China said Monday it was extending threatening military exercises surrounding Taiwan that have disrupted shipping and air traffic and substantially raised concerns about the potential for conflict in a region crucial to global trade.
The exercises would include anti-submarine drills, apparently targeting U.S. support for Taiwan in the event of a potential Chinese invasion, according to social media posts from the eastern leadership of China’s ruling Communist Party’s military arm, the People’s Liberation Army.
The military has said the exercises involving missile strikes, warplanes and ship movements crossing the midline of the Taiwan Strait dividing the sides were a response to U.S. House Speaker Nancy Pelosi's visit to the self-ruled island last week.
China has ignored calls to calm the tensions, and there was no immediate indication when it would end what amounts to a blockade.
Taiwan’s defense ministry said Sunday it detected a total of 66 aircraft and 14 warships conducting the naval and air exercises. The island has responded by putting its military on alert and deploying ships, planes and other assets to monitor Chinese aircraft, ships and drones that are “simulating attacks on the island of Taiwan and our ships at sea.”
Meanwhile, Taiwan’s official Central News Agency reported that Taiwan’s army will conduct live-fire artillery drills in southern Pingtung County on Tuesday and Thursday, in response to the Chinese exercises.
The drills will include snipers, combat vehicles, armored vehicles as well as attack helicopters, said the report, which cited an anonymous source.
China claims Taiwan as its own territory and has threatened to annex it by force if necessary. The two sides split in 1949 after a civil war, but Beijing considers visits to Taiwan by foreign officials as recognizing its sovereignty.
Taiwan President Tsai Ing-wen has called on the international community to “support democratic Taiwan” and “halt any escalation of the regional security situation.” The Group of Seven industrialized nations has also criticized China's actions, prompting Beijing to cancel a meeting between Foreign Minister Wang Yi and his Japanese counterpart, Yoshimasa Hayashi.
China has cut off defense and climate talks with the U.S. and imposed sanctions on Pelosi in retaliation for her visit.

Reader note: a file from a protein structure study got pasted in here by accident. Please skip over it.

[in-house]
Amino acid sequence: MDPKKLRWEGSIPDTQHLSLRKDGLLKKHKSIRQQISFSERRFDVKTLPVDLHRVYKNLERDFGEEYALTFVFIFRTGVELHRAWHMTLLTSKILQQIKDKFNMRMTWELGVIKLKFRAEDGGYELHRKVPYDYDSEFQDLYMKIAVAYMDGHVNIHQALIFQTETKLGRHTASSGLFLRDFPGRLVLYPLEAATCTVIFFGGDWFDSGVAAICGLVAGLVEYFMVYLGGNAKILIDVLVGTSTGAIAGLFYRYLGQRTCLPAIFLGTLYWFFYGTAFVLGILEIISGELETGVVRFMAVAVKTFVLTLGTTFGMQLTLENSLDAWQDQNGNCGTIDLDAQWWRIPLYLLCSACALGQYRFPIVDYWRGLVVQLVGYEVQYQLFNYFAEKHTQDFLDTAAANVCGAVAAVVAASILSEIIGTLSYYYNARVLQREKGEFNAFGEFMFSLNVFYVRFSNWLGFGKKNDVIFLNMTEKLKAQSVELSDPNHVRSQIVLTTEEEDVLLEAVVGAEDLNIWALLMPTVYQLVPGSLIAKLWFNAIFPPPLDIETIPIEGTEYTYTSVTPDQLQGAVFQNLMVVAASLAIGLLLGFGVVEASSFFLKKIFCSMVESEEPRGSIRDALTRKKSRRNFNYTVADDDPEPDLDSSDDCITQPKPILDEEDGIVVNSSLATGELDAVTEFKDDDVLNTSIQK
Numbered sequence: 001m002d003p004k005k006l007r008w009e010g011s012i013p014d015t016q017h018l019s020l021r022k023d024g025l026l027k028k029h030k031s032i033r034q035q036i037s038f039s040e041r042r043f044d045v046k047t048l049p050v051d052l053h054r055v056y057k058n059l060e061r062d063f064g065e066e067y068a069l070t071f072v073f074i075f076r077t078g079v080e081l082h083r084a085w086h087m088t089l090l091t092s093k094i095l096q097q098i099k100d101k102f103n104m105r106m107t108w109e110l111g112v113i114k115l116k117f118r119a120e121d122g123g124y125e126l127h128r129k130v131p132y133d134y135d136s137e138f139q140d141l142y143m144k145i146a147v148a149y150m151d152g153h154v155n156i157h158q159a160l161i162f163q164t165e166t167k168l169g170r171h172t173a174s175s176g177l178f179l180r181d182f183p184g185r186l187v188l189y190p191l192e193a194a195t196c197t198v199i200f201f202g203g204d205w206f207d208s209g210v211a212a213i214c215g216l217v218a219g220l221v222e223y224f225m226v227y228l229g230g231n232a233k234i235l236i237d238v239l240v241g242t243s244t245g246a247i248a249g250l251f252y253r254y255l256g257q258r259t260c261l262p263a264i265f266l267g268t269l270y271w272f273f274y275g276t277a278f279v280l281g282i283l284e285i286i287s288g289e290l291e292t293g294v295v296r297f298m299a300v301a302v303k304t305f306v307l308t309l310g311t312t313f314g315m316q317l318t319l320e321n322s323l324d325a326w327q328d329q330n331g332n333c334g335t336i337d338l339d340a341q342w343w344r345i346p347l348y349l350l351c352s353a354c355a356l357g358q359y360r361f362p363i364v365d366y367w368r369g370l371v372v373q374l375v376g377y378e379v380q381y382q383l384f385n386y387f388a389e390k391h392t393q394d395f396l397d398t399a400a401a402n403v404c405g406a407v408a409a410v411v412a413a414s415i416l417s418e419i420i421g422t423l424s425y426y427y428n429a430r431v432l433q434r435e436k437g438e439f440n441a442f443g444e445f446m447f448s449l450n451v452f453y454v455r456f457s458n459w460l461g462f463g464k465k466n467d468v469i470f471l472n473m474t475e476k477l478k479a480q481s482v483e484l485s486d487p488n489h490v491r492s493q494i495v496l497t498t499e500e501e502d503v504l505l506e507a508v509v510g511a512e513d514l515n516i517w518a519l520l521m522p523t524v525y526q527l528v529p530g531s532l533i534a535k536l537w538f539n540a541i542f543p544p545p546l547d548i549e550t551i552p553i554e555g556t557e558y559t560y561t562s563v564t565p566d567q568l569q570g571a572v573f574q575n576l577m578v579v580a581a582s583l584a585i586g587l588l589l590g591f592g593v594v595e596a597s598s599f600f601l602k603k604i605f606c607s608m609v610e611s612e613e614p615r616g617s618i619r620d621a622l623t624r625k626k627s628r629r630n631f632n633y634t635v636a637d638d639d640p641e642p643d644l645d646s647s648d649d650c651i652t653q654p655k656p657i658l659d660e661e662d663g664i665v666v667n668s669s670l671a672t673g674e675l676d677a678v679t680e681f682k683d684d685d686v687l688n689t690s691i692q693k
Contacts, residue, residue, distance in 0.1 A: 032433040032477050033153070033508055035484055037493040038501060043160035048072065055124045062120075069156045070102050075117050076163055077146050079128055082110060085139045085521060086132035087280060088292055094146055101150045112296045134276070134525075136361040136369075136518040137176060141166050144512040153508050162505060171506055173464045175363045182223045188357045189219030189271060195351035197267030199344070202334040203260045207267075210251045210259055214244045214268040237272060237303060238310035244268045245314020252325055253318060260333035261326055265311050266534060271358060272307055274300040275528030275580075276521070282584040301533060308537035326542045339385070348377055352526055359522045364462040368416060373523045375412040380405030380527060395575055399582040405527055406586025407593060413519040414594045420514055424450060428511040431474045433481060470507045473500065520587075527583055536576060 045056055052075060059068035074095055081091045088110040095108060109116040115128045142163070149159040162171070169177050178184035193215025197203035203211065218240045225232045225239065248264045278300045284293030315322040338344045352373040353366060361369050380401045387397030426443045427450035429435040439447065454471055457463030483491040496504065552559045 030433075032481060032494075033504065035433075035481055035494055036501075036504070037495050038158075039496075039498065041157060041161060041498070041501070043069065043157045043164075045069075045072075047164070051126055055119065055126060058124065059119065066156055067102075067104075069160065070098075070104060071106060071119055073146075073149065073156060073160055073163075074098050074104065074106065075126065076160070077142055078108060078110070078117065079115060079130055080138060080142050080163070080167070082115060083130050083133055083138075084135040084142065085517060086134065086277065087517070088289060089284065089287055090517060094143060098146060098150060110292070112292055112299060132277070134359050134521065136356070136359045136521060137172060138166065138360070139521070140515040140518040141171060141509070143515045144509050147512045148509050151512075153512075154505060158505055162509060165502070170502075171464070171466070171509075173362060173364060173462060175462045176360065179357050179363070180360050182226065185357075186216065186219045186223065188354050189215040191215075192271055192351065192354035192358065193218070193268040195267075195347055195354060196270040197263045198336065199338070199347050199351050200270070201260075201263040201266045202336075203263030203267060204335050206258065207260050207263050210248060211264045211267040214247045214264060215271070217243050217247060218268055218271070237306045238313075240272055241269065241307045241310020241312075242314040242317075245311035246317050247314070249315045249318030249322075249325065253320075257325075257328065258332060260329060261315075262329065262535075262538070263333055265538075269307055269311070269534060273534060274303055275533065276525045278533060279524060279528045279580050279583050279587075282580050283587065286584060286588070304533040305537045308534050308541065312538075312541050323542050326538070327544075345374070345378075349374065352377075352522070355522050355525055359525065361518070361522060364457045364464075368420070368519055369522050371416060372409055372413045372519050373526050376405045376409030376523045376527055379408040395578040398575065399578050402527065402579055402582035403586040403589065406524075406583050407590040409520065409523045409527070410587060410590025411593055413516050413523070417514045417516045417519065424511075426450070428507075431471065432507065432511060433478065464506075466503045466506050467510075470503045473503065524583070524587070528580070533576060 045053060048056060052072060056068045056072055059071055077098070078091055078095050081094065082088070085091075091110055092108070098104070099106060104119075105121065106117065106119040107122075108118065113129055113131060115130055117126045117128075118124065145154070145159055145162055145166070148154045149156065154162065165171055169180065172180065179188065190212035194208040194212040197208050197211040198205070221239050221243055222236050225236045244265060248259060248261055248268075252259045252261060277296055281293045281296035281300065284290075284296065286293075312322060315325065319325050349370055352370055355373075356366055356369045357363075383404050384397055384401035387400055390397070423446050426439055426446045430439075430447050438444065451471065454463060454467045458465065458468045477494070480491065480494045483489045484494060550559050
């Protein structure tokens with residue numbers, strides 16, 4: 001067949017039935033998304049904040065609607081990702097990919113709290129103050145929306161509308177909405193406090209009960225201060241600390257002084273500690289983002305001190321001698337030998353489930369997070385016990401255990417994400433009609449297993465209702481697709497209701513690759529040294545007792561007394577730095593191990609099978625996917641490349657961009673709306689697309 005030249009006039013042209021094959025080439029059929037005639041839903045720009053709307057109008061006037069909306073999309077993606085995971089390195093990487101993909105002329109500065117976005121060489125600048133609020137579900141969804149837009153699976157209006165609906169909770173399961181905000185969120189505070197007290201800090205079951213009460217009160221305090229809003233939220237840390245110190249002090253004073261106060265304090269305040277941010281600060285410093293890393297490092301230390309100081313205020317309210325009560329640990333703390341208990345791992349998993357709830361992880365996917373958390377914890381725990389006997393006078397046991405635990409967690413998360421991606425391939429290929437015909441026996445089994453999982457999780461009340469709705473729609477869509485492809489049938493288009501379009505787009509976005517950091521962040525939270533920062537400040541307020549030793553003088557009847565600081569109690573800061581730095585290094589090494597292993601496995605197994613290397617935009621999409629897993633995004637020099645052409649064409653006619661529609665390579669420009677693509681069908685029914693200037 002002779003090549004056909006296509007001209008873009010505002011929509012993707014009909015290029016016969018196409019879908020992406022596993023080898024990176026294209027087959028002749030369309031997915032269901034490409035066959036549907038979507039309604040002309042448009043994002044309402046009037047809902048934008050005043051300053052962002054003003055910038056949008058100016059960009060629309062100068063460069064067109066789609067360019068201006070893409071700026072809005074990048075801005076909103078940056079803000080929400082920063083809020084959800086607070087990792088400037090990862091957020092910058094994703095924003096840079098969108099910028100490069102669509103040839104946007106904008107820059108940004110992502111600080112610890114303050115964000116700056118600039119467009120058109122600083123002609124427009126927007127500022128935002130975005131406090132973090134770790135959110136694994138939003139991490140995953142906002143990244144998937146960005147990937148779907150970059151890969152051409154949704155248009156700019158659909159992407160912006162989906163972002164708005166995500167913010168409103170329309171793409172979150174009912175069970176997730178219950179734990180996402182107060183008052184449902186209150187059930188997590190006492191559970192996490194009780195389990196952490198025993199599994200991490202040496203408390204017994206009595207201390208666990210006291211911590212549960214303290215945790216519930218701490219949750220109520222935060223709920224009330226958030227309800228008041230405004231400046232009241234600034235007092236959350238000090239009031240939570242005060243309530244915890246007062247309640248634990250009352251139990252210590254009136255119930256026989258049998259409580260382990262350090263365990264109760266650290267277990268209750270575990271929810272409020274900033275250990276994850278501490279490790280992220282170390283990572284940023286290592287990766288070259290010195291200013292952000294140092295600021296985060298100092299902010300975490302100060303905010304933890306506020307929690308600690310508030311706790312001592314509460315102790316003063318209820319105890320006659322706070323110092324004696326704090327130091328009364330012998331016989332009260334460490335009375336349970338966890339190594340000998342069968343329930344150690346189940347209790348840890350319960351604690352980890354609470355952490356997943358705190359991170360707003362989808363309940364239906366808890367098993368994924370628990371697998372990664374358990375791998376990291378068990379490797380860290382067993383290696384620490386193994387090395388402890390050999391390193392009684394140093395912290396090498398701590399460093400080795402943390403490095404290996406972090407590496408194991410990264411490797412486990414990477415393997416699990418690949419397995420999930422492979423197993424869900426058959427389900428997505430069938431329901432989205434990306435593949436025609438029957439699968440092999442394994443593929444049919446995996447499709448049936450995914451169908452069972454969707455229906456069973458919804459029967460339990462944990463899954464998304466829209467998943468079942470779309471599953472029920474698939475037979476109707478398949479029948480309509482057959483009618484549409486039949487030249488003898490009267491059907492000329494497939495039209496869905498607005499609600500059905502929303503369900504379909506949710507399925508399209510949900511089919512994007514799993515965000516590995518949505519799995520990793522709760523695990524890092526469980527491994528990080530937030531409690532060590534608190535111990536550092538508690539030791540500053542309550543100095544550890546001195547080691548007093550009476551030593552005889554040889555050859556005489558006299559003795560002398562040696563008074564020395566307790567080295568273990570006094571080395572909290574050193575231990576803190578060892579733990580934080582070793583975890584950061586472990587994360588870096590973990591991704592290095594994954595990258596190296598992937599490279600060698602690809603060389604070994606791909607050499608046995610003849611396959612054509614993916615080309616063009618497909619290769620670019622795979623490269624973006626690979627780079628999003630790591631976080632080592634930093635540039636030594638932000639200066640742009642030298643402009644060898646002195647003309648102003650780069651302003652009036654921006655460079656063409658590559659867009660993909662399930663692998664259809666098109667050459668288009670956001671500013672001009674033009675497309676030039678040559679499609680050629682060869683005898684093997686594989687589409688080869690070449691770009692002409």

The Biden administration and Pelosi say the U.S. remains committed to the “one-China” policy that extends formal diplomatic recognition to Beijing while allowing robust informal relations and defense ties with Taipei.
The U.S. however criticized Beijing’s actions in the Taiwan Strait, with White House press secretary Karine Jean-Pierre calling them “fundamentally irresponsible.”
“There’s no need and no reason for this escalation,” Jean-Pierre said.
In Washington, Taiwan's de facto ambassador Bi-khim Hsiao said China had no reason to “be so furious," over Pelosi's visit, which follows a long tradition of American lawmakers visiting Taiwan.
“Well, you know, we have been living under the threat from China for decades," Hsiao told CBS News on Sunday. “If you have a kid being bullied at school, you don’t say you don’t go to school. You try to find a way to deal with the bully.
“The risks are posed by Beijing," Hsiao said.
On a visit to Myanmar, whose Chinese-backed military government has been accused of murdering its opponents, Chinese Foreign Minister Wang Yi said Washington was “taking the opportunity to build up its military deployment in the region, which deserves high vigilance and resolute boycott from all sides."
“China’s firm stance" is aimed at “earnestly safeguarding peace across the Taiwan Strait and regional stability," Wang was quoted as saying by the official Xinhua News Agency.
Meanwhile, Australian Foreign Minister Penny Wong called for a cooling of tensions. “Australia continues to urge restraint, Australia continues to urge deescalation, and this is not something that solely Australia is calling for, and the whole region is concerned about the current situation, the whole region is calling for stability to be restored,” Wong told reporters in Canberra.